The DGM is alleged to have mistakenly typed her cousin as selected and the applicant before her as standby in the score sheet while tampering the documents. If the documents weren’t tampered with, the complainants questioned why her cousin wasn’t employed in July though she was remarked as selected.
The recruitment of the four standby applicants as replacements in September and November also contravened section 2.6.9 of chapter two of the service manual which states that standby applicants cannot be employed 30 days after the date of interview.
All these standby applicants were recruited 60-120 days after the date of interview. The CEO however said these standby candidates were recruited since its board approved for maintenance of standby candidates for the sales executive posts and other positions for six months to meet its immediate human resource requirements.
The candidate employed on November 7 with a score of 64.75 percent was also recruited despite not meeting the cut off point of 65 percent on the summative score sheet. The minutes of the human resource committee meeting on June 17 stated that the candidates failing to secure 65 percent would not be considered for employment.
BDFL said that the DGM had no hand in termination of these employees or had tampered documents. As per its response, one sales executive was appointed in September, after another rejected an appointment. The other was recruited to replace trained sales executives bound for Phuentsholing.
When it comes to the discrepancy in the ranking of the DGM’s cousin and the employee before her, the CEO stated that he committed an error in the remark column wherein the candidate ranked 15 was marked as standby and the candidate ranked 16 was marked as selected. He said that it was corrected by employing the candidate ranked 15 and not the DGM’s cousin.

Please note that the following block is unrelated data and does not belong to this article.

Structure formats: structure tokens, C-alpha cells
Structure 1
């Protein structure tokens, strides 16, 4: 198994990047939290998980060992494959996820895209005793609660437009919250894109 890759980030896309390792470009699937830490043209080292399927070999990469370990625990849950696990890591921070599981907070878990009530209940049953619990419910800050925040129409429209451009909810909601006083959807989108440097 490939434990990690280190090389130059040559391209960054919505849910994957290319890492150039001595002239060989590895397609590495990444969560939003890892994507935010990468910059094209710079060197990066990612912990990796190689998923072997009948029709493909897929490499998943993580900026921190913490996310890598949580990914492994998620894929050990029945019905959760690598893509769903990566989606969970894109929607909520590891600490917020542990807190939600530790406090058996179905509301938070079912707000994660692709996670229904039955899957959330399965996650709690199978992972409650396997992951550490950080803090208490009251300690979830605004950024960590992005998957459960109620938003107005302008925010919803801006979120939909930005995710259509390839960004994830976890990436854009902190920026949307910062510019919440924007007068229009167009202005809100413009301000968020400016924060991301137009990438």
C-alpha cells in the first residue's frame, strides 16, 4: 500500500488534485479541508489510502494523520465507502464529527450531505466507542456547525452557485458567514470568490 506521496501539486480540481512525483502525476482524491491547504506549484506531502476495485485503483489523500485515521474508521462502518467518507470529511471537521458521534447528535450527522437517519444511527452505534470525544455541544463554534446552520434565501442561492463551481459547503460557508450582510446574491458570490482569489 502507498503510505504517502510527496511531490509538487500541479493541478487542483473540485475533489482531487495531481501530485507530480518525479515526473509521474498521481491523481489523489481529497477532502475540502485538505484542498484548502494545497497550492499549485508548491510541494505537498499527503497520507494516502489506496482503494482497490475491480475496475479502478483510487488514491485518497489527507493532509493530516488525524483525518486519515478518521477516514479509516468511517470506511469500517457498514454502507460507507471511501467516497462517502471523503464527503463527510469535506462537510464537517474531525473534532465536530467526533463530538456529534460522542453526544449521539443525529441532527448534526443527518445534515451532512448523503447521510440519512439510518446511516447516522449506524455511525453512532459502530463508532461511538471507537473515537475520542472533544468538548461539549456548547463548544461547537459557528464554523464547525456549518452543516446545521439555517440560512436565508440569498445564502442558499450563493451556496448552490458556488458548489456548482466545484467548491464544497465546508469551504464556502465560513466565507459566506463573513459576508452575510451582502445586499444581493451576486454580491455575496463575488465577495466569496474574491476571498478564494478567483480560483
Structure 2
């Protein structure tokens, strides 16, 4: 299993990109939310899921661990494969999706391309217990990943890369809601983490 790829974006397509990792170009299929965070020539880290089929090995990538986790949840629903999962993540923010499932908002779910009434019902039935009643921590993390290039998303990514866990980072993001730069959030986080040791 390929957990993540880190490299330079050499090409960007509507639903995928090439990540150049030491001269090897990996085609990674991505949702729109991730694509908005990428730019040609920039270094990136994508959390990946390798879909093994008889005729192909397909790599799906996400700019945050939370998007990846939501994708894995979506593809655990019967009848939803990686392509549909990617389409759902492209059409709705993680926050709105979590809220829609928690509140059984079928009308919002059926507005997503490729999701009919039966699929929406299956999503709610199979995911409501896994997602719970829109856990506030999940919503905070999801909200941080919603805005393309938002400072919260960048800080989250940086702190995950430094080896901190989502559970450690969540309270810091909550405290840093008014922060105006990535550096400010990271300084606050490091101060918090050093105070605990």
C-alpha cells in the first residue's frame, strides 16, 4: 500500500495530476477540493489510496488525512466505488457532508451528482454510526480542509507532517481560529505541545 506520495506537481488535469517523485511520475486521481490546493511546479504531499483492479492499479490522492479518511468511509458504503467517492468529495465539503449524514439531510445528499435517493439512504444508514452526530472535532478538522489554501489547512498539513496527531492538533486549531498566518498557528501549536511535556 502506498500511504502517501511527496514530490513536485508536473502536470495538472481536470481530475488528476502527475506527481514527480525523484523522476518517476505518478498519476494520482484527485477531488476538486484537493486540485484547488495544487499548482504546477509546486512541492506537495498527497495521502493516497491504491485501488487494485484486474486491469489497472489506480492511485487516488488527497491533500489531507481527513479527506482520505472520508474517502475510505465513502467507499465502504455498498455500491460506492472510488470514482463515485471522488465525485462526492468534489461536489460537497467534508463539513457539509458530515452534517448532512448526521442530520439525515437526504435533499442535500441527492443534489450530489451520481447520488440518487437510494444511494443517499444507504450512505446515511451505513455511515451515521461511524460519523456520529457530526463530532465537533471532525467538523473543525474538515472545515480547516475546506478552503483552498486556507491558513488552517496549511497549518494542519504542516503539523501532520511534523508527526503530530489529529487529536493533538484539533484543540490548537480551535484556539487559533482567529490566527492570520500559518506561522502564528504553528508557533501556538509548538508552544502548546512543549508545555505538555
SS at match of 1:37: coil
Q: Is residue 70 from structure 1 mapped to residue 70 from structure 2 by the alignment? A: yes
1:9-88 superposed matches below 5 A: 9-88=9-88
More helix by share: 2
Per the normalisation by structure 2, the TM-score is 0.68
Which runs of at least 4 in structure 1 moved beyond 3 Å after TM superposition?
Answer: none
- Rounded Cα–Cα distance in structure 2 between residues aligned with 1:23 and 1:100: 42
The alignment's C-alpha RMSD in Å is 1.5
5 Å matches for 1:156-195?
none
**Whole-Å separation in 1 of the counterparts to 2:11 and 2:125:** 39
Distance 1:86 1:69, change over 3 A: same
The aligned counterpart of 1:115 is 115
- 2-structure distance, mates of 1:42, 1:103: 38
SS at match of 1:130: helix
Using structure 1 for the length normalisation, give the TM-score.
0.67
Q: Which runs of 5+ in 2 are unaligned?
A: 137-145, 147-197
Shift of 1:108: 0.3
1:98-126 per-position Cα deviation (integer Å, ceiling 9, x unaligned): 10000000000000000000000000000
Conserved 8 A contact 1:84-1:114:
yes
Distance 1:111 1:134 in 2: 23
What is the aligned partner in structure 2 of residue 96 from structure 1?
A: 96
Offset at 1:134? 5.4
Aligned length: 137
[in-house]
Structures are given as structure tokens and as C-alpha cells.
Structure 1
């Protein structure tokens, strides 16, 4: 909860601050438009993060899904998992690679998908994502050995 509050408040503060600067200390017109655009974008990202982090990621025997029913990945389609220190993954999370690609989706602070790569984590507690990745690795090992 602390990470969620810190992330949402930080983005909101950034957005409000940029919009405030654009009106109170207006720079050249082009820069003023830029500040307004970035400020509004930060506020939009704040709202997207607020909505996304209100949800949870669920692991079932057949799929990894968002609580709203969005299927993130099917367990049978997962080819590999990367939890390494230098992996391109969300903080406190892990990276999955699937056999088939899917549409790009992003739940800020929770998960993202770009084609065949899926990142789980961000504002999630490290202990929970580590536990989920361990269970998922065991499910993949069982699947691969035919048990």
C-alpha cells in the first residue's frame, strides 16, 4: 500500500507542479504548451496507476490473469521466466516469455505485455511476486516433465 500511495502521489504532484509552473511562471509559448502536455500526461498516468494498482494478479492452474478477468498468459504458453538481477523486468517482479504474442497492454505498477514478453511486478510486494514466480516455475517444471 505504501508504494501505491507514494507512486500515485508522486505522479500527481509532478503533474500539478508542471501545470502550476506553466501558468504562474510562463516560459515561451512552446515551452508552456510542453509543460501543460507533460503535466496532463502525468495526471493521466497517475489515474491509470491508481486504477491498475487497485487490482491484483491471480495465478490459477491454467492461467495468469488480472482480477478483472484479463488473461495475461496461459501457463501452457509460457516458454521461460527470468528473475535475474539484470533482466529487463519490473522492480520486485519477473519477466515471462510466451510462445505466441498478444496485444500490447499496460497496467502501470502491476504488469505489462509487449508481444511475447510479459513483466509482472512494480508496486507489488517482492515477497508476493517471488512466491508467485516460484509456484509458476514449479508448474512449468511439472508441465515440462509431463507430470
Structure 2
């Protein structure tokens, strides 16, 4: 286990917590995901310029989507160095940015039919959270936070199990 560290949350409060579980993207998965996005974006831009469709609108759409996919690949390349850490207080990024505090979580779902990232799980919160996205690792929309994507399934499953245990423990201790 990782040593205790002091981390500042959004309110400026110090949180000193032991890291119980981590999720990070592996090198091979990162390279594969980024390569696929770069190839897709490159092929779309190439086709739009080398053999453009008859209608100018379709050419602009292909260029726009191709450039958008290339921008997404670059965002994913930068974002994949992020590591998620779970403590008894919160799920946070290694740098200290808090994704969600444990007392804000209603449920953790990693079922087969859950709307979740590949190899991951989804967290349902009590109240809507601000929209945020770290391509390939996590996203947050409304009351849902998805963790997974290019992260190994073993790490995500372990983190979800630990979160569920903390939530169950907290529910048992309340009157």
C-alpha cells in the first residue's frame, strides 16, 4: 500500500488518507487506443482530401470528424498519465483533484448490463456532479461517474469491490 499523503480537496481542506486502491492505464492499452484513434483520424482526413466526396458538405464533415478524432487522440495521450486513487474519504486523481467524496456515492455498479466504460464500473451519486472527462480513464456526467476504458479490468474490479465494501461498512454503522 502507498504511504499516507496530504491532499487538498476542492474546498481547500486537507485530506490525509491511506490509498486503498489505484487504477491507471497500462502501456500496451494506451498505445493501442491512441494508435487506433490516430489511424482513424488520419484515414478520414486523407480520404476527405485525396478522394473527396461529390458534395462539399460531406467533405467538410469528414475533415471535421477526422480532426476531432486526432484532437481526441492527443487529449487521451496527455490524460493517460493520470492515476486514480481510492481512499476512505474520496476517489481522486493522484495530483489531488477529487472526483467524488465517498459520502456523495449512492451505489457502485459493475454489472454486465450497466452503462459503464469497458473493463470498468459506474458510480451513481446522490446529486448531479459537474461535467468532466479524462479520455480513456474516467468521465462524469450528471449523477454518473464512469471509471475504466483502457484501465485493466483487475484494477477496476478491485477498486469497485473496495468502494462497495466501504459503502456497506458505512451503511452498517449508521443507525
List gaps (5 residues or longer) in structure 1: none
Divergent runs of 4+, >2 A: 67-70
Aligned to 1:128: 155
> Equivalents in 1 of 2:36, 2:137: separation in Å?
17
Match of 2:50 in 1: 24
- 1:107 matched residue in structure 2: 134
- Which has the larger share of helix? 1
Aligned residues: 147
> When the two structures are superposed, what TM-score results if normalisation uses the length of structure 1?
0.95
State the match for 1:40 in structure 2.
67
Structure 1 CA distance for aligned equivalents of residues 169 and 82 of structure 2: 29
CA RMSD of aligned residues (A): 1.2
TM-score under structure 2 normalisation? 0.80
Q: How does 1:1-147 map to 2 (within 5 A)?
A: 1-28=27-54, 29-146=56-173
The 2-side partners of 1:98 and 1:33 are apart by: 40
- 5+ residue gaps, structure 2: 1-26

It also clarified that the DGM’s cousin was recruited through the board meeting on August 6. The DGM’s cousin and two other sales executives who joined in early September were not intended as replacements for the terminated employees.
The candidate who scored 64.75 percent was recruited after rounding off the score, the CEO said.
The letter also alleged that the DGM was recruited though she didn’t fulfil the terms of reference that states an applicant should have a minimum of 65 percent in the degree of the relevant field of study with not less than 65 percent in classes X and XII. The DGM had only 60 percent in her degree and just 55 in class XII and 50 in X.
BDFL stated that the DGM was recruited based on the outcome of the interview board conducted. On the alleged verbal assault and harassment, the CEO said that informing of the consequences of non-performance to employees on probation should not be construed as verbal assault.